Aside from his hit singles, Green also gained radio hits with “Love and Happiness,” and “Take Me To The River” as well as his cover of the Bee Gees’ “How Can You Mend a Broken Heart.” At the peak of his popularity his girlfriend at the time, Mrs. Mary Woodson White broke into his home and assaulted him by dousing him with boiling grits while he was bathing, causing Green to suffer second-degree burns. After this, she procured his .38 caliber gun and shot herself to death. It happened reportedly due to Green refusing to marry her, making White (a married woman) very upset.

This tragic incident spurred Green to change his life, leading him to become a minister. He was ordained a pastor at a church in Memphis, Tennessee in 1976. Around this time he began to record and release gospel songs. His first gospel album was The Lord Will Make A Way in 1980. The title track netted Green the first of his eight Grammy Awards in the category of Best Soul Gospel Performance. He received ten Grammy Awards, overall. Green continued to cover some R&B songs too.

However, sales of his albums began to slip down and received mixed reviews from the critics. During the 1980s he collaborated with Patti LaBelle on the Broadway play Your Arms Too Short To Box With God. Green and Mitchell reunited for the recording of another gospel album He Is The Light. His 1988 album Soul Survivor yielded a single “Everything’s Gonna Be Alright” which went to #22, his first Top 40 R&B single in over a decade.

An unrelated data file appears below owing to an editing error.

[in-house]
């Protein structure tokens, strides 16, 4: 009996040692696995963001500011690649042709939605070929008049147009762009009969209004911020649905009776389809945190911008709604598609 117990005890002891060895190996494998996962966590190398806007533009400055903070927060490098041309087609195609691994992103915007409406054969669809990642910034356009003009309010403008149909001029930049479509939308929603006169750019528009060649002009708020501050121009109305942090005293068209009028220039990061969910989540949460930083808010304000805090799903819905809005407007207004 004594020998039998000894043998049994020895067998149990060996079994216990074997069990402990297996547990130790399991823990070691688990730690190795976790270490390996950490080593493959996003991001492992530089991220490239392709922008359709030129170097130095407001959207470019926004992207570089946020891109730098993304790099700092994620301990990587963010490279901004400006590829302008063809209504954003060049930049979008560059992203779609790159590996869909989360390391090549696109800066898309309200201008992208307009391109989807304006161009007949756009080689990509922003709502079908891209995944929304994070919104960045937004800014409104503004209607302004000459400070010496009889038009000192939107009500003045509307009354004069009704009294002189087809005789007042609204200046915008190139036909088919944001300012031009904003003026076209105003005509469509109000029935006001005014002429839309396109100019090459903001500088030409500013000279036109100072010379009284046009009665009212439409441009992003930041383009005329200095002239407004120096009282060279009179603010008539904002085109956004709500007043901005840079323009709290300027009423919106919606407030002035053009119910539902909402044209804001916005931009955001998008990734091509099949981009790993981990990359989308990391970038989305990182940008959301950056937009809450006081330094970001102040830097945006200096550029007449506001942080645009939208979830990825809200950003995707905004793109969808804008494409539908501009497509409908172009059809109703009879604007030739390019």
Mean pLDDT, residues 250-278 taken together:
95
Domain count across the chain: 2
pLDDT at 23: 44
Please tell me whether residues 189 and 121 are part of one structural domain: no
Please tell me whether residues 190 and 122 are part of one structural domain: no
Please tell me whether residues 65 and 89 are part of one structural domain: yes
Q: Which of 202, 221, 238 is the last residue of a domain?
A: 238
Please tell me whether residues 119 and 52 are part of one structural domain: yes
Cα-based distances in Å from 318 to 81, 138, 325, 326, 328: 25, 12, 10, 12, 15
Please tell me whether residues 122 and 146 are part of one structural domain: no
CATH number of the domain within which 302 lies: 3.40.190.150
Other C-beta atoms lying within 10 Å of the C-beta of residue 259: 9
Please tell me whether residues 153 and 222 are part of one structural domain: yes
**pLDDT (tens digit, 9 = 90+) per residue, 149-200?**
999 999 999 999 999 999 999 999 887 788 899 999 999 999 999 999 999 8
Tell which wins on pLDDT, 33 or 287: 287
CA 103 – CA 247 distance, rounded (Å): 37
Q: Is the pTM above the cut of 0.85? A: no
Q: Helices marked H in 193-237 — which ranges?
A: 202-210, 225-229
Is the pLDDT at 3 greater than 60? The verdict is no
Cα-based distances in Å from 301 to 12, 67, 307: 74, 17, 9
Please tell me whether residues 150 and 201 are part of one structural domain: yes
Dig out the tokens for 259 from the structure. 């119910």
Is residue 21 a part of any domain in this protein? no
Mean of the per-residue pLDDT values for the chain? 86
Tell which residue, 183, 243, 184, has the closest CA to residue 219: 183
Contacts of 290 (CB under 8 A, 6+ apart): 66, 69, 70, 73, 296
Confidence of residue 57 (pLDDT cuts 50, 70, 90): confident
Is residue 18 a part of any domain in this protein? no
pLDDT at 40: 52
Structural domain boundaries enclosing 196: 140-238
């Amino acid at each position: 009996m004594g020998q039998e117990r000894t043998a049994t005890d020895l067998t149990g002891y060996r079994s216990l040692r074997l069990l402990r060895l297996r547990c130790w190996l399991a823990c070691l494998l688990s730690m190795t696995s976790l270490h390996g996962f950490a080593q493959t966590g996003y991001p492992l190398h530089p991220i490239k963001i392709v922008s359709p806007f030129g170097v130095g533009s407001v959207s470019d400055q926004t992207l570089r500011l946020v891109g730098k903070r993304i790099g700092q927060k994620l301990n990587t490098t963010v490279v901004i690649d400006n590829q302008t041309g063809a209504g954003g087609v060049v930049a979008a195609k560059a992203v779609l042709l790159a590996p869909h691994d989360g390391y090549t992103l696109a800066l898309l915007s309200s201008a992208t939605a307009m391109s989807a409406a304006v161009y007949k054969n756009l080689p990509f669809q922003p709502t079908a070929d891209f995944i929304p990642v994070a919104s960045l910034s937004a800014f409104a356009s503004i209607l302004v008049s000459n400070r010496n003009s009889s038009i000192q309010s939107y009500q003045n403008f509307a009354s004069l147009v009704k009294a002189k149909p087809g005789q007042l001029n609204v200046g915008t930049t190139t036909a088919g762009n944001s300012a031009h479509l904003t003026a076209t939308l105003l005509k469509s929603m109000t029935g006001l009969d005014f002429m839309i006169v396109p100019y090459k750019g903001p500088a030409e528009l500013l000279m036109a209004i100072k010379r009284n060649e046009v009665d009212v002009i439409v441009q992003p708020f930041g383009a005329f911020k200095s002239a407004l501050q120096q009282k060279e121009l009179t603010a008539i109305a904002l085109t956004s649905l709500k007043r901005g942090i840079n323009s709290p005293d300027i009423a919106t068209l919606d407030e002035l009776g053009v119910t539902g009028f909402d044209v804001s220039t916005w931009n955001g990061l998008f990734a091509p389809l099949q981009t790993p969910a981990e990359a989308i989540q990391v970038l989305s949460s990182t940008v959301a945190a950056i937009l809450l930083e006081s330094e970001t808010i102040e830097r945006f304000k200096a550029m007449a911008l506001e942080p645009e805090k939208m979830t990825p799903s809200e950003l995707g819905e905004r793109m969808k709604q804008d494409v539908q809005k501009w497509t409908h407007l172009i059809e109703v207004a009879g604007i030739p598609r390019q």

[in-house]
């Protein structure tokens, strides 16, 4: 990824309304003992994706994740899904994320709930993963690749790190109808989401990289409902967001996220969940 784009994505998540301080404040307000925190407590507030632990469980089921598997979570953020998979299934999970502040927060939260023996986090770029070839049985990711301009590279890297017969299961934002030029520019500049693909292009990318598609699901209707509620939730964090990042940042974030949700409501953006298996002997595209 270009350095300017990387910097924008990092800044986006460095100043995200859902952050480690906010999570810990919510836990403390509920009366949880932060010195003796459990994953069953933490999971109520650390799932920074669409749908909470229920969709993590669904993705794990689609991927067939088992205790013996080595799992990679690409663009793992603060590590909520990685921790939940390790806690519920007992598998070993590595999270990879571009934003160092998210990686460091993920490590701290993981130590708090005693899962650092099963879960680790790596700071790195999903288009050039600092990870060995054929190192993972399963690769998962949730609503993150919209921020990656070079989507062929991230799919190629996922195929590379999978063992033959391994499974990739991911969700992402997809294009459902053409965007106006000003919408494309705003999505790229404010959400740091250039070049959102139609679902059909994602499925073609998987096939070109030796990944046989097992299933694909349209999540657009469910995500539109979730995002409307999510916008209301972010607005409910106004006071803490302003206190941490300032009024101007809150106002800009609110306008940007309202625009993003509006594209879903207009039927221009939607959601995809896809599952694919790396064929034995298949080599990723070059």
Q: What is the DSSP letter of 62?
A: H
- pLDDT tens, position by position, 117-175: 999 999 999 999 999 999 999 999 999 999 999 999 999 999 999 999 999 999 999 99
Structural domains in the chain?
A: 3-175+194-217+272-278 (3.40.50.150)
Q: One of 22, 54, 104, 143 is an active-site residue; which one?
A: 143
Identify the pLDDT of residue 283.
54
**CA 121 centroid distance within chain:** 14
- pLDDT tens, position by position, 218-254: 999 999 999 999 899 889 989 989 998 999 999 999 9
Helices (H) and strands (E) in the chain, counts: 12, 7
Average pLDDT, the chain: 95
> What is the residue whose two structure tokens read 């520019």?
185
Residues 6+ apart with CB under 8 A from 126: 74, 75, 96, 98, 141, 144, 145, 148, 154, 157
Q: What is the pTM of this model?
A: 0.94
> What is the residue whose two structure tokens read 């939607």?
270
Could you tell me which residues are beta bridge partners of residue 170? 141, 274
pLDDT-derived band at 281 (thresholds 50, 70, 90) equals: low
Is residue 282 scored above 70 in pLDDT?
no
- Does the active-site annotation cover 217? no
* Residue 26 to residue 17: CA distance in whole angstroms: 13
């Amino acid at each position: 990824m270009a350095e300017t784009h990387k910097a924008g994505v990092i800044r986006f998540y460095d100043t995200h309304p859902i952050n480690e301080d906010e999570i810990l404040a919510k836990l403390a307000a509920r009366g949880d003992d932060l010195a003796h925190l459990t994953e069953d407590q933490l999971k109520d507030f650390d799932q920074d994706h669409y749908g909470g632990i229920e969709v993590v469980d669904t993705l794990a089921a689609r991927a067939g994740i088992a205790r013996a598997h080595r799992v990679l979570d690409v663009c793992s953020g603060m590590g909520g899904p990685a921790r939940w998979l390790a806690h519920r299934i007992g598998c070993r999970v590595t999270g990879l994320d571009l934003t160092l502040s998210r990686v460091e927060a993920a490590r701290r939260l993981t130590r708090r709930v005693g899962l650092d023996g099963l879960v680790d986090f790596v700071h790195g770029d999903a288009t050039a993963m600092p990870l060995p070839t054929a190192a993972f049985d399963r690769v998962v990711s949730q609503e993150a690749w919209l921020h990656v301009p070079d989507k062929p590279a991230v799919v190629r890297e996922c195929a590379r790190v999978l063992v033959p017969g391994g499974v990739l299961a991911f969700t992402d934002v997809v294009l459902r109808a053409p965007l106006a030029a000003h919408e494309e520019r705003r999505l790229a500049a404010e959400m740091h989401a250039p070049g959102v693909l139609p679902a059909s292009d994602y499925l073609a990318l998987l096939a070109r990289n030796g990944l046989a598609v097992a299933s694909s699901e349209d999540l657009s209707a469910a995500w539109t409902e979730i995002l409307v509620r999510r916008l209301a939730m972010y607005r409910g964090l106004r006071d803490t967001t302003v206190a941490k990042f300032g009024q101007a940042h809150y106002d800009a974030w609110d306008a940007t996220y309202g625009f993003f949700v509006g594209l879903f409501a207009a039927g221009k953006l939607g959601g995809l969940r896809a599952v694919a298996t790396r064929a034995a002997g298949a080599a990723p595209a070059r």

In 1988 Green recorded “Put a Little Love In Your Heart” along with Annie Lennox, marking his return to making secular music. The single became a pop hit at #9. For the first time since 1978, Green released his full soul album Don’t Look Back, produced by Arthur Baker who was also responsible for Green’s 1989 hit with “The Message Is Love.” After a couple of critically-acclaimed but otherwise flop albums, Green came out strong with his album Everything’s OK, released on Blue Note label. His second album with that label, Lay It Down, was released in 2008. It peaked at #9 on the Billboard 200 and #3 on the R&B album chart; it was to be his last studio album to date.

Aside from being active in the music business as a singer/songwriter and producer, Green continues to serve as a minister in Memphis, Tennessee. He was inducted into the Rock and Roll Hall Of Fame in 1995, and received a Grammy Lifetime Achievement Award in 2002.